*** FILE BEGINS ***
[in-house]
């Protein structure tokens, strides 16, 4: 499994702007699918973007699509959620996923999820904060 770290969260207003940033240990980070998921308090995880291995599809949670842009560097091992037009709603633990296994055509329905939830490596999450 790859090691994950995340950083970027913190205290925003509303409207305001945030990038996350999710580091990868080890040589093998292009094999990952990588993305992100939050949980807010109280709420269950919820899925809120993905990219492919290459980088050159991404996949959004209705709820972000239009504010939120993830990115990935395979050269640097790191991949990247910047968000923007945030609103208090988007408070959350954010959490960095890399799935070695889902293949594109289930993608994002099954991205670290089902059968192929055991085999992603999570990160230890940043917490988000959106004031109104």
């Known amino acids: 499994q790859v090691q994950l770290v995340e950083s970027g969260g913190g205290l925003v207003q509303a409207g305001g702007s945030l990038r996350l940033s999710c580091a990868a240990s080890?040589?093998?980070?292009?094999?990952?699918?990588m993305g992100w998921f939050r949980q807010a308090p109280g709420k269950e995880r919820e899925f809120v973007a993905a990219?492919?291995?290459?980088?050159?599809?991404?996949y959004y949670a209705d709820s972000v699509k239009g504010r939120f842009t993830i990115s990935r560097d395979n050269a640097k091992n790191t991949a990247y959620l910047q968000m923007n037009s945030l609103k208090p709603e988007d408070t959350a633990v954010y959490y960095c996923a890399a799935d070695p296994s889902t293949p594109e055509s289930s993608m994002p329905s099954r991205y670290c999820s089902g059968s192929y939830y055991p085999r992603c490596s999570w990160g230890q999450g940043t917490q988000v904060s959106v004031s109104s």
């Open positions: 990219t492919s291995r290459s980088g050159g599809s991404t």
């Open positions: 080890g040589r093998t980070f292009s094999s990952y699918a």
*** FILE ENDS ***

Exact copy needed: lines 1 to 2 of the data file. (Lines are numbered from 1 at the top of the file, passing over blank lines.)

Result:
[in-house]
């Protein structure tokens, strides 16, 4: 499994702007699918973007699509959620996923999820904060 770290969260207003940033240990980070998921308090995880291995599809949670842009560097091992037009709603633990296994055509329905939830490596999450 790859090691994950995340950083970027913190205290925003509303409207305001945030990038996350999710580091990868080890040589093998292009094999990952990588993305992100939050949980807010109280709420269950919820899925809120993905990219492919290459980088050159991404996949959004209705709820972000239009504010939120993830990115990935395979050269640097790191991949990247910047968000923007945030609103208090988007408070959350954010959490960095890399799935070695889902293949594109289930993608994002099954991205670290089902059968192929055991085999992603999570990160230890940043917490988000959106004031109104």